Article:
Conquering Everest: A Life-Changing Trip to Nepal
By: Eli Freund, Editorial Communications Manager, UConn School of Engineering
During those three short months of summer vacation, college students spend their time doing a variety of things. Some may go out and get a summer job, some take on an internship, some may even take those months to relax and recharge for the new school year.
Harrison Graham, an incoming sophomore Civil and Environmental major, did none of those things. That’s because Graham spent several weeks volunteering in Nepal, which culminated in a climb up to the basecamp of Mt. Everest.
Climbing with a group of over a dozen college students, the 17,600-foot vertical journey took nine days to complete. The group was initially flown in by helicopter to a village named Lukla, a popular starting point for novice Mt. Everest climbers, and from there they made the arduous journey, stopping at night to stay in tea houses (similar to a small bed-and-breakfast), where they would recharge and rest.
Graham said that the 80-mile roundtrip had some challenges, including a battle against the elements:
“The main challenge proved to be the altitude. As we climbed higher and higher it became harder to breath, and altitude sickness became a worry (although none of us contracted any form of altitude sickness), Graham said. The oxygen level at Everest Base Camp was just half of that at sea-level, which I live at, so breathing proved to be a bit difficult at times.”
Even with the challenges, Graham said that climbing the famed mountain was one of the best moments of his life, as was his experience with GIVE, the organization hosting the trek to Nepal.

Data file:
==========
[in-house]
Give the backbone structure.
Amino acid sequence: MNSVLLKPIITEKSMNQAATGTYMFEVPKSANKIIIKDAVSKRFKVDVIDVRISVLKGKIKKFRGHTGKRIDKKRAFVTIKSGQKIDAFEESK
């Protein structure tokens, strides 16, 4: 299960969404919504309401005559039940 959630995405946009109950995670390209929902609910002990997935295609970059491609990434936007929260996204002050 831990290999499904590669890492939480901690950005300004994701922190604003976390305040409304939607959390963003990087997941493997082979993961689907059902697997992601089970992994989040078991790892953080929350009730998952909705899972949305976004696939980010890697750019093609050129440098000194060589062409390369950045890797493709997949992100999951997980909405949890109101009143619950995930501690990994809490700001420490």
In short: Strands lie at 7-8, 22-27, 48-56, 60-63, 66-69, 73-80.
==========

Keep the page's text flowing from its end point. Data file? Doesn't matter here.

GIVE, which stands for Growth International Volunteer Excursions, is an international organization that focuses on increasing social and economic opportunities in the areas that volunteers visit. Graham’s visit focused on the small village of Paslang, which was devastated by a massive 7.8 magnitude earthquake in 2015.
The village was one of the hardest hit in Nepal, with almost nothing left but “enormous piles of broken red bricks and heaps of mud and dust,” according to a news report from April 2015.
When Graham and his fellow volunteers reached the village, they saw a community still recovering from that tragedy, and did all they could to help:
“While there, we worked vigorously alongside the locals to complete homes, which also serve as businesses during the pilgrimage season, where the villagers open up their homes as homestays, Graham said. We saw tremendous progress as we put roofs on two houses, got another ready for roofing by finishing the walls, and completed the foundation for another. We were in Paslang for two weeks helping to construct these homes and teaching English at a nearby school.”
Graham said doing that kind of work gave him a sense of pride and accomplishment, and it also allowed him to fulfill his secondary goal of traveling to a destination that he had never explored, while doing something meaningful:
“I decided to spend part of my summer in Nepal for many reasons. For starters, I love to travel and I had never been to Asia, so already I was looking into an opportunity such as this, Graham said. Secondly, I am a huge believer in travelling sustainably — giving back as much as you take from an experience abroad. Working alongside the locals and hearing their stories is an enlightening and inspiring experience that is difficult to find anywhere else.”
And in the end, reflecting back on his summer, Graham got an experience that changed his perspective on life:
“The people I met and connected with were incredible, the things I saw and took part in were life-changing. The trip changes the way you think about everything back home for the better. I feel more open and connected to those around me. It opens your mind to different perspectives and cultures and gives you an appreciation for the billions of people we share this world with.”